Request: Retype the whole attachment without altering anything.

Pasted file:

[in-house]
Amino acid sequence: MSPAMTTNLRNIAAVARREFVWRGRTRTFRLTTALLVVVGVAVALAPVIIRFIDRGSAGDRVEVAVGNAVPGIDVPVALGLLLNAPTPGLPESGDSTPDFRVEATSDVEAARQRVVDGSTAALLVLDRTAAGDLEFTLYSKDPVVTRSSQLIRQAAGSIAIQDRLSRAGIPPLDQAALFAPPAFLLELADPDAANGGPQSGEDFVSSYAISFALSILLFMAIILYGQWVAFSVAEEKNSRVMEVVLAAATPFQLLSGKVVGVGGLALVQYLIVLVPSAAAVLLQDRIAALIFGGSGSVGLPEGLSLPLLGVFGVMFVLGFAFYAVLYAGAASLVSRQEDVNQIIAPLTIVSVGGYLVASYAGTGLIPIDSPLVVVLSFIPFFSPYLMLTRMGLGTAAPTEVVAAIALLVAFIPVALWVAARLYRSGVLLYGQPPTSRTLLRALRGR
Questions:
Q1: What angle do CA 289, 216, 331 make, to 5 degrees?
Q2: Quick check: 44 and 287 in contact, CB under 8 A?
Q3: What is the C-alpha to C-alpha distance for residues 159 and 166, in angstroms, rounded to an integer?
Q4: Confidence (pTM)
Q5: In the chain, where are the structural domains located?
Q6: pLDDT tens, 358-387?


[in-house]
Amino acid sequence: MSPAMTTNLRNIAAVARREFVWRGRTRTFRLTTALLVVVGVAVALAPVIIRFIDRGSAGDRVEVAVGNAVPGIDVPVALGLLLNAPTPGLPESGDSTPDFRVEATSDVEAARQRVVDGSTAALLVLDRTAAGDLEFTLYSKDPVVTRSSQLIRQAAGSIAIQDRLSRAGIPPLDQAALFAPPAFLLELADPDAANGGPQSGEDFVSSYAISFALSILLFMAIILYGQWVAFSVAEEKNSRVMEVVLAAATPFQLLSGKVVGVGGLALVQYLIVLVPSAAAVLLQDRIAALIFGGSGSVGLPEGLSLPLLGVFGVMFVLGFAFYAVLYAGAASLVSRQEDVNQIIAPLTIVSVGGYLVASYAGTGLIPIDSPLVVVLSFIPFFSPYLMLTRMGLGTAAPTEVVAAIALLVAFIPVALWVAARLYRSGVLLYGQPPTSRTLLRALRGR
Questions:
Q1: What angle do CA 289, 216, 331 make, to 5 degrees?
Q2: Quick check: 44 and 287 in contact, CB under 8 A?
Q3: What is the C-alpha to C-alpha distance for residues 159 and 166, in angstroms, rounded to an integer?
Q4: Confidence (pTM)
Q5: In the chain, where are the structural domains located?
Q6: pLDDT tens, 358-387?